England have their first medal of the Commonwealth Games after sinking hosts Australia 3-1 in a brilliant, mesmerising clash to take bronze in the Women’s Team event.

Tin-Tin Ho won two five-setters and Kelly Sibley & Maria Tsaptsinos the doubles as England made up for the disappointments of previous games to get on the podium – and let’s not forget the vital supporting role played by the fourth squad member, 16-year-old Denise Payet.

It was an emotional rollercoaster for team and spectators in a match that lasted more than three hours and even delayed the gold medal tie. That match was won by India, who had beaten England in the semi-finals and surprisingly went on to beat Singapore 3-1 for the gold.

The England team lend support to Kelly Sibley in the Women’s Team bronze medal match (Photo by Phil Walter/Getty Images)

The ability of England to quieten the crowd was always going to play an important part and Ho did that straight away by taking the first 11-4 against Melissa Tapper.

The left-hander gave the spectators more to shout about in the second, which she took for the loss of eight points.

But Ho’s response was breathtaking as she swept into a 9-0 lead in the third, getting energy from the enthusiasm of her team-mates on the bench.

When Tapper did eventually get a point, the crowd response was somewhat lacklustre, as it was when Ho took that game 11-3 – not that those supporting England minded one bit.

Again it swung as Tapper went into a 5-1 lead in the next, going on to take it 11-7 to make it a one-game shootout to get the first rubber on the board.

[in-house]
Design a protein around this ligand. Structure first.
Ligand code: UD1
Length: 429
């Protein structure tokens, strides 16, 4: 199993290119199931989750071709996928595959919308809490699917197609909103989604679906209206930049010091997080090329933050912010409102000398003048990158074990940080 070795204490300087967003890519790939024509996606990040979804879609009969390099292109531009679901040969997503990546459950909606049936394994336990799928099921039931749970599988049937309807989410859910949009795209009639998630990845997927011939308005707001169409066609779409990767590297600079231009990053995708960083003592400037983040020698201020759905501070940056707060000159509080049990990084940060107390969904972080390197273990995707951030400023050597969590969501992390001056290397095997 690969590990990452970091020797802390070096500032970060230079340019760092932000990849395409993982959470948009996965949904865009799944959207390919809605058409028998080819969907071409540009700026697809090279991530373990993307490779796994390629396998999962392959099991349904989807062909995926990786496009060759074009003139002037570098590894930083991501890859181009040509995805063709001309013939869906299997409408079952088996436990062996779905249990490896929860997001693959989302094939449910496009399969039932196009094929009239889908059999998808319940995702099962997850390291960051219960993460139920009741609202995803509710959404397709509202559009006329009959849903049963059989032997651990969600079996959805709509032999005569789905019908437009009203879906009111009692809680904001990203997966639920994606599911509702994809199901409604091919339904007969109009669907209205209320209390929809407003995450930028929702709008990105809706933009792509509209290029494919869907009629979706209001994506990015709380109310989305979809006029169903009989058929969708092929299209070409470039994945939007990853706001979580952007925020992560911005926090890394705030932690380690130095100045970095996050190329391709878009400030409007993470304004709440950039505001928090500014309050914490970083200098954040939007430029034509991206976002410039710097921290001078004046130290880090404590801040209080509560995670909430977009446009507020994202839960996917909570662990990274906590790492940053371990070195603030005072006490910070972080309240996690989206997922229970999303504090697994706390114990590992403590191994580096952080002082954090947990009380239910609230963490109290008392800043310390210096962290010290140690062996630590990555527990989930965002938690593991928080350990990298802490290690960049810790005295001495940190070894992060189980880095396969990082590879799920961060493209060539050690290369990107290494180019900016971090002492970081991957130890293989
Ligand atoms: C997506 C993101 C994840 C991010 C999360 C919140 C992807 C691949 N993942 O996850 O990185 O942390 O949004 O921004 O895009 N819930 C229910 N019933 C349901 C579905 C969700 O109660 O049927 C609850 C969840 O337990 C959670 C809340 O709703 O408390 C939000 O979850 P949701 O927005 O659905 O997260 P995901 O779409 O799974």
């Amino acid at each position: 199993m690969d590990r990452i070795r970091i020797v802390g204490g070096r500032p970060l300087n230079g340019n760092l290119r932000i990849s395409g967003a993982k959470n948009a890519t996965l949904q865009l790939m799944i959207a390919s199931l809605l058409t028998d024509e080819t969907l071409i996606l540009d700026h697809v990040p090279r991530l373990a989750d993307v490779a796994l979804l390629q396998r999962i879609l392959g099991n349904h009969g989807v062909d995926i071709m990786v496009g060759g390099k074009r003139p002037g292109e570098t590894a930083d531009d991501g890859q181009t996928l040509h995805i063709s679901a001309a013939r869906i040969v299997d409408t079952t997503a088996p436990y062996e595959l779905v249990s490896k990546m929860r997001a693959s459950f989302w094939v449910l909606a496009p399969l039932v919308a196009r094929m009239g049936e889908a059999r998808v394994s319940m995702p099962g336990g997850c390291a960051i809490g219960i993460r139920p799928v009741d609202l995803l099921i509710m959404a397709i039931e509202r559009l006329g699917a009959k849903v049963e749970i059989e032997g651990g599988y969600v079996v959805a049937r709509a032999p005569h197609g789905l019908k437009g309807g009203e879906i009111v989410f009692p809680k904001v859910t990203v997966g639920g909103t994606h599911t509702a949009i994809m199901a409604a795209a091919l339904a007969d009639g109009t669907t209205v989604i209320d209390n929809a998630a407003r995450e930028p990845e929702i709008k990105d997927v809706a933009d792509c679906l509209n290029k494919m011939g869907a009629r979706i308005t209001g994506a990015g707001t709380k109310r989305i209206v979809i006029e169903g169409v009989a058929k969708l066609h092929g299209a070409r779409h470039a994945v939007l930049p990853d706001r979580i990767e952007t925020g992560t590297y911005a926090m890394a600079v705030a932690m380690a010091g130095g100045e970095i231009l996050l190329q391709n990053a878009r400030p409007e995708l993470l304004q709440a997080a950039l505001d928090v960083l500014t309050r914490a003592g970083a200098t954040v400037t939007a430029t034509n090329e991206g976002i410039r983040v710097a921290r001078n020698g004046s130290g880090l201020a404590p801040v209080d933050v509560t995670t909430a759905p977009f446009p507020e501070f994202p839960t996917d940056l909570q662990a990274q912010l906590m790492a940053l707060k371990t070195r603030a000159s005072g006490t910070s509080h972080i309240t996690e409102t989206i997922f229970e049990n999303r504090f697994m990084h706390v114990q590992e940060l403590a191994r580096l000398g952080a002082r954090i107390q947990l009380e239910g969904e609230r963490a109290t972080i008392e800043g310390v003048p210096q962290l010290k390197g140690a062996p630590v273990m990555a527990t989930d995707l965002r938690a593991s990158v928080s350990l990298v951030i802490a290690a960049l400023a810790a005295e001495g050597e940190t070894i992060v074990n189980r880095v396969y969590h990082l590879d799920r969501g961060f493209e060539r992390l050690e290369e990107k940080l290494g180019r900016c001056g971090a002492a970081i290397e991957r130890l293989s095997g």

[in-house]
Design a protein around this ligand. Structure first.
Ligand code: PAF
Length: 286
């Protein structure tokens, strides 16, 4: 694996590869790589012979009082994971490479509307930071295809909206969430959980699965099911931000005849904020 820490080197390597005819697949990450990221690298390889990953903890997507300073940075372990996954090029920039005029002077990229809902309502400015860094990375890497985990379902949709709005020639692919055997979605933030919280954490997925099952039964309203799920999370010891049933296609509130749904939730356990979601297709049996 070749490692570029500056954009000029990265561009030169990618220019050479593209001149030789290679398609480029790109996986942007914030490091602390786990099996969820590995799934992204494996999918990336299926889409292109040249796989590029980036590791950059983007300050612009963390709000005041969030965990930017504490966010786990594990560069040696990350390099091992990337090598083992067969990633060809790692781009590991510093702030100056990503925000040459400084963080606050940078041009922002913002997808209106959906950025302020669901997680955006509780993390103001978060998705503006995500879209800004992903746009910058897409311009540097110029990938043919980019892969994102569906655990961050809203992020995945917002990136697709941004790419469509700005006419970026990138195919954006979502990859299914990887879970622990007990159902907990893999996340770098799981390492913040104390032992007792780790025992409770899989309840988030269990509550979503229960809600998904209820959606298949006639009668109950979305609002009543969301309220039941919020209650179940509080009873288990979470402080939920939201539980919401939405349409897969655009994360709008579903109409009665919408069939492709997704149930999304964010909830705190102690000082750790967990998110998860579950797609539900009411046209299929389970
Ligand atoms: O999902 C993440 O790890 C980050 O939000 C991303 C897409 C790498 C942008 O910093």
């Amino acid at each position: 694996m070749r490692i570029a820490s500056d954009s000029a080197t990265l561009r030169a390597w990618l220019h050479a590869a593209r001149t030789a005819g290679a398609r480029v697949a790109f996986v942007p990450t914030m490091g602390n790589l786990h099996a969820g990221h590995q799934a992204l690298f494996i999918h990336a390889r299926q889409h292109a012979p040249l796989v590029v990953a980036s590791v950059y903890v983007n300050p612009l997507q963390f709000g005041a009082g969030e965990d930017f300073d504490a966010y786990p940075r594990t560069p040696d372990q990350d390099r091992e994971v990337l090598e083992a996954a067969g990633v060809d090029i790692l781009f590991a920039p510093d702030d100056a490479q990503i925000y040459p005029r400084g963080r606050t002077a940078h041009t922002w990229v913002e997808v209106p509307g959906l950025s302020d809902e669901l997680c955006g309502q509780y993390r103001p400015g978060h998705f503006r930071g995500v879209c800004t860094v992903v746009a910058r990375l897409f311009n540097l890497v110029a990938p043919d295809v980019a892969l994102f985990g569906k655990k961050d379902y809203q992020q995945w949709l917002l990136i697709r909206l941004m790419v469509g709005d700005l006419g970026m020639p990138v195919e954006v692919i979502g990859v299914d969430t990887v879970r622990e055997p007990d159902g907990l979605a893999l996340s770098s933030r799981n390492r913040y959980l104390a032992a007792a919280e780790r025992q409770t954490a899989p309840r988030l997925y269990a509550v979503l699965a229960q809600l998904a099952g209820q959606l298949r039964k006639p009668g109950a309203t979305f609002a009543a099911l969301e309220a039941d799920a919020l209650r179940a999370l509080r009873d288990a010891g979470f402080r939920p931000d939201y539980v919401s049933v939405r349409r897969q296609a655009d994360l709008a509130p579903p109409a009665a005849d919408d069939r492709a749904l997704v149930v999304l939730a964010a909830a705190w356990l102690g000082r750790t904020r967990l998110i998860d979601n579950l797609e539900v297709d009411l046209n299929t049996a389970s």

Ho swung the momentum back her way with the first four points, culminating in a ferocious inside-out forehand winner. At 6-1, an Australian timeout was the last throw of the dice, and two Australian points later, England called their own timeout to try to nip any comeback in the bud.

It became 6-5, but Ho took four of the next five to bring up four match points. Still Tapper would not go away, winning her two serves, but Ho slapped away a forehand winner to put England’s first point on the board.

Kelly Sibley started in pumped-up fashion against the experience world No 65 Jian Fang Lay, who has won several Commonwealth medals over the years, heavy topspin forcing errors from the Australian.

Kelly Sibley celebrates a point. (Photo by Phil Walter/Getty Images)

To say the second game was more tense is rather understating the drama. The final score was 21-19 to Lay, with both players missing multiple game points – or seeing them saved with bold play.

Sibley had the first, then saved three, missed two of her own and saved another two. At 17-17, Lay sent a fast serve long, peeling away in frustration, but again Sibley could not take the chance – and she missed another at 19-18. A cruel edge gave Lay the next game point, which she finally took.

In the context of both this match and the destination of the medal, we were about to find out the psychological importance of that game – and Sibley’s initial response was A1 as she took the third 11-5 with a run of six points.

She led the next 4-1, but the Australian timeout revitalised Lay and she roared through to win it 11-7, and we were again in a decider. Lay proved the stronger in the end and an 11-7 scoreline meant we were at 1-1 – that second match having lasted 48 minutes.

Even by her high standards, Maria Tsaptsinos had been noticeably vocal from the bench in the opening two matches. Now she could play hr part on court, coming in to partner Sibley in the doubles. Once again, Lay was at the other end of the table, joined by player-coach Miao Miao – would the lack of warm-up due to bench duties prove significant for her?

England put down a marker in the first game, racing through it 11-2, but the Australians hit back 11-9, stealing a game the English led as Miao began to find her range. The third was a mirror image as Australia led 8-4 but England stole it 11-9.